Pandit Jawarharlal Nehru once said, “Eating biryani with fork and knife is like making love through an interpreter.”
Not only in India, in other parts of this world eating with our hands, is a part of the culture and tradition. This may seem to be un-civilized for some, but what could be the most natural way of enjoying one’s meal than this? First of all, one needs to understand the simple fact that being culturally different doesn’t mean that the other person is wrong. Acceptance and mutual respect is what makes a man worthy. Moreover, there is no right or wrong in some conditions.
Looking back to history, Indians in all ways have been influenced by the Vedic teachings. Here also it’s the same. Eating with hands originated with the Ayurvedic teachings which argued that the body is in sync with the elements of nature and that the five fingers are the extensions of the five elements- air, water, earth, fire, and space.
- Thumb for space
- Forefinger for air
- Mid-finger for fire
- Ring finger for water
- Pinky finger for earth.
And when you eat with your hands, you are supposed to join all the fingers together which makes you feed not only the body but also your soul.
When our skin is in direct contact with the food we would be more conscious while eating on how much food is to be taken, the temperature variations, the texture, and the other elements. This helps us not only to enjoy the taste but also the physical characteristics. This also aids in better digestion, according to recent researches.
India’s cultural diversity is admired and accepted worldwide. And this diversity could be well seen in the eating behaviors of people from different parts of the nation. Let it be the northeastern regions of Sikkim or the southern part of Kanyakumari, the cuisine change is out of one’s imagination. In some regions, non-veg is given more importance while other states like Tamil Nadu give a green label for more vegetarian cuisines. No matter what the dish in the plate, having it with one’s hands, enjoying the delicious spices and aroma is in itself a heavenly thing.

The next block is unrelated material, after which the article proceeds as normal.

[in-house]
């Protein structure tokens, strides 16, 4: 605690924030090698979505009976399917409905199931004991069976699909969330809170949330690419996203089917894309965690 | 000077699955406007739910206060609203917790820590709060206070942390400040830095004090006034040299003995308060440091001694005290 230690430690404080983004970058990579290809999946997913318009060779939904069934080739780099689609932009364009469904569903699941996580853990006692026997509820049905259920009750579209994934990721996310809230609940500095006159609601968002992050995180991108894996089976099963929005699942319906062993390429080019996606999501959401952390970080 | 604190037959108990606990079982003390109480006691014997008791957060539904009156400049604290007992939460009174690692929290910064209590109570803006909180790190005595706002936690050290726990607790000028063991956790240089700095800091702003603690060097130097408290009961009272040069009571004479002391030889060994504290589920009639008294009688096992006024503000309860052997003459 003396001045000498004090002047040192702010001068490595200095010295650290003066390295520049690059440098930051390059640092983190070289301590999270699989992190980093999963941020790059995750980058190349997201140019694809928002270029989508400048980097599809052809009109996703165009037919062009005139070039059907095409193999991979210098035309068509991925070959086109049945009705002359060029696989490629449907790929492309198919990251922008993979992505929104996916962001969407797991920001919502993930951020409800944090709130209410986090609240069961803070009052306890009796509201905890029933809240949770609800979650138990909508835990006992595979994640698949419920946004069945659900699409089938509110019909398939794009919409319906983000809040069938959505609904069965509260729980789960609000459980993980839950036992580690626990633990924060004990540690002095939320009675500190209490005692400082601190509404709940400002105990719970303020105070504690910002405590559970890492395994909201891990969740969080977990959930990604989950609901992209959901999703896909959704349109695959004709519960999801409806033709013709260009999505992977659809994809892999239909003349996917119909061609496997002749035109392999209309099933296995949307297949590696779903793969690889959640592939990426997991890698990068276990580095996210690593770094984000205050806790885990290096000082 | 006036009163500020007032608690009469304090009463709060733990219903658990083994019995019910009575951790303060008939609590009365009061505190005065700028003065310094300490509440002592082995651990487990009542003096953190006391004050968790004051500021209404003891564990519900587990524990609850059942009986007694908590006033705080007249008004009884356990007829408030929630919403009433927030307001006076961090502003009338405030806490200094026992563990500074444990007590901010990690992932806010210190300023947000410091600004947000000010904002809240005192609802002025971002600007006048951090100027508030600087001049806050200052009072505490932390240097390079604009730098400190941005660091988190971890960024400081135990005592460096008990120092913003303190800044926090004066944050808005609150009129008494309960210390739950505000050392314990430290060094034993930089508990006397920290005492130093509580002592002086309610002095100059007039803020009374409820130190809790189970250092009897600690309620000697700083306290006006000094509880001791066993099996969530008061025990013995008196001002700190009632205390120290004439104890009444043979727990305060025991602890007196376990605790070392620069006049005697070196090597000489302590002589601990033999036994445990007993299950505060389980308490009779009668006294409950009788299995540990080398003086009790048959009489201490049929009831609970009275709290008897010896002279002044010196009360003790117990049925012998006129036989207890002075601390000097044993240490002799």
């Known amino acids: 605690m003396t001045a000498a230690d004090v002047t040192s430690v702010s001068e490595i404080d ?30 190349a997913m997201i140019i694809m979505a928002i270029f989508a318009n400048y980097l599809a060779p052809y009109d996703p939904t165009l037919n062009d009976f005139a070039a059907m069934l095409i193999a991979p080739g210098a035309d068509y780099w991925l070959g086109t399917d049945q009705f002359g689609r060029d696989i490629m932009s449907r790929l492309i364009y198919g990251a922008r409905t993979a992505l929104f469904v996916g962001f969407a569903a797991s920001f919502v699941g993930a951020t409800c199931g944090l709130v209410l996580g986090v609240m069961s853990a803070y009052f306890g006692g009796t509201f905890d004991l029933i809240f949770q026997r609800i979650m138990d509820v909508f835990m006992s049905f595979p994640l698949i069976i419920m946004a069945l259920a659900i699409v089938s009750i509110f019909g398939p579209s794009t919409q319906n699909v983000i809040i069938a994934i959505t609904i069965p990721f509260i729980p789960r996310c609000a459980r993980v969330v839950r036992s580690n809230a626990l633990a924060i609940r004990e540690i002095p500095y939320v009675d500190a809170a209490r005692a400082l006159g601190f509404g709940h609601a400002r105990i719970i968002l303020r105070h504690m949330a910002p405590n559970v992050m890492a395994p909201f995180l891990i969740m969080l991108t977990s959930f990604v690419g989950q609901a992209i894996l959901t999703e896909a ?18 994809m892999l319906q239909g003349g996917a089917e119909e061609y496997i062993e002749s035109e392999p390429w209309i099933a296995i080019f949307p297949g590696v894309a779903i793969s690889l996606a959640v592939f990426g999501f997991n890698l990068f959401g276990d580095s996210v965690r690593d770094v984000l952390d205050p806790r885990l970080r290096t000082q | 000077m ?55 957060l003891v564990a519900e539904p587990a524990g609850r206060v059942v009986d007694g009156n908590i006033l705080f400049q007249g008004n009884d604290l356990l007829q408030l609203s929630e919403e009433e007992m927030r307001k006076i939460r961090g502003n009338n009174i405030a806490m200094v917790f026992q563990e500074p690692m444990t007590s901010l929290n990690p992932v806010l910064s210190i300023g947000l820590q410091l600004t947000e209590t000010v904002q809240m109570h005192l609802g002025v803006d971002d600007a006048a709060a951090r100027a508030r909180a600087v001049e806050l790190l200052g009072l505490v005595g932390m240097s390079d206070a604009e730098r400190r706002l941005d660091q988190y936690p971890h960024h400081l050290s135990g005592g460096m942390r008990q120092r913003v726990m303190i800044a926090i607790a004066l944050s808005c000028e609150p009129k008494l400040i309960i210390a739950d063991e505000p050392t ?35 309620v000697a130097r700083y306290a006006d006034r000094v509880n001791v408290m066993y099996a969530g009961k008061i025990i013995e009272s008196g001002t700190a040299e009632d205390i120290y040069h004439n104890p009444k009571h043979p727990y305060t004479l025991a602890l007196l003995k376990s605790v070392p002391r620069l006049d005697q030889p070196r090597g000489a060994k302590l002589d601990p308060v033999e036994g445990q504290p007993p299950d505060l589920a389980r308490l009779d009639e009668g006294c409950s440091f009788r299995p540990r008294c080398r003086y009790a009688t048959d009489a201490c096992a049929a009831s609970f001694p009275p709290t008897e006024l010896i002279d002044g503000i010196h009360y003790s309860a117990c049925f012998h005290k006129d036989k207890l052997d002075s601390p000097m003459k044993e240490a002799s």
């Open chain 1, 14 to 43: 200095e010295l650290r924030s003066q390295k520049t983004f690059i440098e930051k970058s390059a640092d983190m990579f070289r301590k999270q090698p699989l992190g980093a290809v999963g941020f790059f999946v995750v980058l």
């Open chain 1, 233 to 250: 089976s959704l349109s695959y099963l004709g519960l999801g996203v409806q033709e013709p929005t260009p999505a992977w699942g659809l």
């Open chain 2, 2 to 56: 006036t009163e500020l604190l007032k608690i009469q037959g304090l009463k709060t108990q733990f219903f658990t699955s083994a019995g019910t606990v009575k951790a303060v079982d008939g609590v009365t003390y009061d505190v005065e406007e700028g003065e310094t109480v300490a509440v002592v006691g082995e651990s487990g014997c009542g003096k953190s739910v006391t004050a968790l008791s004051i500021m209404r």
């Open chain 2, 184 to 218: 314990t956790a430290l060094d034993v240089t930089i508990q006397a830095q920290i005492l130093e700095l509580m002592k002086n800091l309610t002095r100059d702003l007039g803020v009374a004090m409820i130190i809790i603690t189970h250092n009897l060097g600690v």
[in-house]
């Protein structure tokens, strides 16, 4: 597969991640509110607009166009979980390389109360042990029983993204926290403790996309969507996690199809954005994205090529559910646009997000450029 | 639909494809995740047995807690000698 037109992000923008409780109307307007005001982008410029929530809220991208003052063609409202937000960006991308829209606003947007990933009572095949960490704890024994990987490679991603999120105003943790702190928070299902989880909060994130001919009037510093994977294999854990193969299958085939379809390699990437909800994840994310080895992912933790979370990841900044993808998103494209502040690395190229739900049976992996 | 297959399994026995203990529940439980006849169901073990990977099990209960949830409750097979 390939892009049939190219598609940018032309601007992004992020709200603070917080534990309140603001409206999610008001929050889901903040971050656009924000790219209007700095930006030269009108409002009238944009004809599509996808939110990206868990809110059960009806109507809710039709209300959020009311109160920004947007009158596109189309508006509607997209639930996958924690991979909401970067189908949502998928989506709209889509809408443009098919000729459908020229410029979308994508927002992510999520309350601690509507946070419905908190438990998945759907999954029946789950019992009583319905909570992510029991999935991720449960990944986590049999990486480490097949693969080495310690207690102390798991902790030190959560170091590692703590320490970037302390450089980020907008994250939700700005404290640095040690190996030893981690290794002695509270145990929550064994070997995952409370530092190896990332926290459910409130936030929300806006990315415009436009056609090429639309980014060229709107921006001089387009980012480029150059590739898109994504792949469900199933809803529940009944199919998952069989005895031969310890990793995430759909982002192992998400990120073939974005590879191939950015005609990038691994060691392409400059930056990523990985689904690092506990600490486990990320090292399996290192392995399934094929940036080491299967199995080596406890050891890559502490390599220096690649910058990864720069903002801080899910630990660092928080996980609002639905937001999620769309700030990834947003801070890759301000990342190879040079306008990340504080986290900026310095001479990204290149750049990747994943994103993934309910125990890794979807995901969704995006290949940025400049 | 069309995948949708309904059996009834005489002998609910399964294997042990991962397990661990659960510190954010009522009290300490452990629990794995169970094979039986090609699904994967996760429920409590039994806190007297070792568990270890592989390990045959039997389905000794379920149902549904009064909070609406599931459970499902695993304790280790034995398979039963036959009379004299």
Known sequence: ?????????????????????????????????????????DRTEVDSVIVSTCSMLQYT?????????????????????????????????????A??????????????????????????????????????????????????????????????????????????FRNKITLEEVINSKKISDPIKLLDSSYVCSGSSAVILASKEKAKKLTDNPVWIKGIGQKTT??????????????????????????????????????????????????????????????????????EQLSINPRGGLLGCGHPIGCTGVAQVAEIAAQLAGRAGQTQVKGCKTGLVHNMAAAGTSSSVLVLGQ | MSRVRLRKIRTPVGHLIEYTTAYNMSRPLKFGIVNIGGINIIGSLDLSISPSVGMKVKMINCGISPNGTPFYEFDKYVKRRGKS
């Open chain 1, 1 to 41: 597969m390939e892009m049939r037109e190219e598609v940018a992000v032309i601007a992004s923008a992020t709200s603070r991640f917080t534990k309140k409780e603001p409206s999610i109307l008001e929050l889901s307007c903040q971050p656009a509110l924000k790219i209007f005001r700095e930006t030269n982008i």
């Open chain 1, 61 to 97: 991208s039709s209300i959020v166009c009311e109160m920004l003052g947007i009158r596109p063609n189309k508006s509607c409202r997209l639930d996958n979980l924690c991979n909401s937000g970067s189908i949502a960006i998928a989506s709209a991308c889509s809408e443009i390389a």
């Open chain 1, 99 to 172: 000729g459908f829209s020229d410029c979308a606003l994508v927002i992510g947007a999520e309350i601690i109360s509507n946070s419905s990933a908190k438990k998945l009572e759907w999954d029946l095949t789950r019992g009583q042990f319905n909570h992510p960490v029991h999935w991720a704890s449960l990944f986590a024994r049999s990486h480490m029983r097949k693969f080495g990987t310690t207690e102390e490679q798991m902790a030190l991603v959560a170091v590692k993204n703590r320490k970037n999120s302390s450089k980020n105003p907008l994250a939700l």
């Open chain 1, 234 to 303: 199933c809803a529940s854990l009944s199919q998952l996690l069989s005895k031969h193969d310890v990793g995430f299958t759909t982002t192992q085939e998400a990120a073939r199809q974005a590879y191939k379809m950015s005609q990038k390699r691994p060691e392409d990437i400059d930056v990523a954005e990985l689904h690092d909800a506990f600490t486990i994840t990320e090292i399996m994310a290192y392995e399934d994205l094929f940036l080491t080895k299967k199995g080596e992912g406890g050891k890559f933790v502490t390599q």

Another important aspect is the type of food Indians have. The majority of the Indians consume food such as rotis, parattas, idlis, etc, which would be quite difficult for anyone to have with spoon or forks. And the fish curry cuisine is very famous, which includes fishes with quite a number of bones, if not separated carefully with hands could even lead them to get stuck inside the food canal.
The most important question is regarding the hygiene factor related to using your hands while having food. In fact, it’s quite healthier than using an unwashed spoon in a restaurant to have it with your own hands. Indians have a habit of washing hands with a cleanser preferably before the intake of food, which would obviously deal with the question of hygiene. More importantly, it’s not only before but also after the meals, that the cleansing is done.
Unfortunately, the new generation is giving more importance to western culture, considered the old Indian habit a big ‘NO NO’. As mentioned earlier, the Indian tradition is highly influenced by the Vedic culture and teachings. Recent researches and findings have validated this habit of Indian culture to be scientifically apt and healthy. There is no good reason to reject this tradition in the name of modernity.